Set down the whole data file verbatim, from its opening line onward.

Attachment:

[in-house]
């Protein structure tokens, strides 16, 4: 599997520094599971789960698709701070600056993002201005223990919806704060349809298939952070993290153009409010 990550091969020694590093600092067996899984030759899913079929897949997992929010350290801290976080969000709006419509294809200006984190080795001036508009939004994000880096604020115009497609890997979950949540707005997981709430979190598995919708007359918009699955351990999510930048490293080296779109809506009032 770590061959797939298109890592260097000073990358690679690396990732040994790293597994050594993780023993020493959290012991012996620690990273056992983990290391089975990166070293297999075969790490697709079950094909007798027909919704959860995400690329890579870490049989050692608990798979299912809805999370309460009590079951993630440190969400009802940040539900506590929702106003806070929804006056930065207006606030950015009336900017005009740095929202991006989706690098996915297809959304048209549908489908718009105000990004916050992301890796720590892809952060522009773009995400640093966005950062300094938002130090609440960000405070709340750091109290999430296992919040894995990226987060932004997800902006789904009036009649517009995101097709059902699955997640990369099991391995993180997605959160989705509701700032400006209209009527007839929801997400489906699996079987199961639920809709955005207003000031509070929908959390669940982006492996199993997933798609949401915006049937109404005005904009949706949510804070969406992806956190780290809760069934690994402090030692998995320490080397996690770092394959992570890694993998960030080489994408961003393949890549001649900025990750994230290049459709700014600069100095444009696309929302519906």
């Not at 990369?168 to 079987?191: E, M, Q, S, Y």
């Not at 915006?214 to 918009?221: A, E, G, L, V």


[in-house]
């Protein structure tokens, strides 16, 4: 599997520094599971789960698709701070600056993002201005223990919806704060349809298939952070993290153009409010 990550091969020694590093600092067996899984030759899913079929897949997992929010350290801290976080969000709006419509294809200006984190080795001036508009939004994000880096604020115009497609890997979950949540707005997981709430979190598995919708007359918009699955351990999510930048490293080296779109809506009032 770590061959797939298109890592260097000073990358690679690396990732040994790293597994050594993780023993020493959290012991012996620690990273056992983990290391089975990166070293297999075969790490697709079950094909007798027909919704959860995400690329890579870490049989050692608990798979299912809805999370309460009590079951993630440190969400009802940040539900506590929702106003806070929804006056930065207006606030950015009336900017005009740095929202991006989706690098996915297809959304048209549908489908718009105000990004916050992301890796720590892809952060522009773009995400640093966005950062300094938002130090609440960000405070709340750091109290999430296992919040894995990226987060932004997800902006789904009036009649517009995101097709059902699955997640990369099991391995993180997605959160989705509701700032400006209209009527007839929801997400489906699996079987199961639920809709955005207003000031509070929908959390669940982006492996199993997933798609949401915006049937109404005005904009949706949510804070969406992806956190780290809760069934690994402090030692998995320490080397996690770092394959992570890694993998960030080489994408961003393949890549001649900025990750994230290049459709700014600069100095444009696309929302519906």
């Not at 990369?168 to 079987?191: E, M, Q, S, Y």
């Not at 915006?214 to 918009?221: A, E, G, L, V």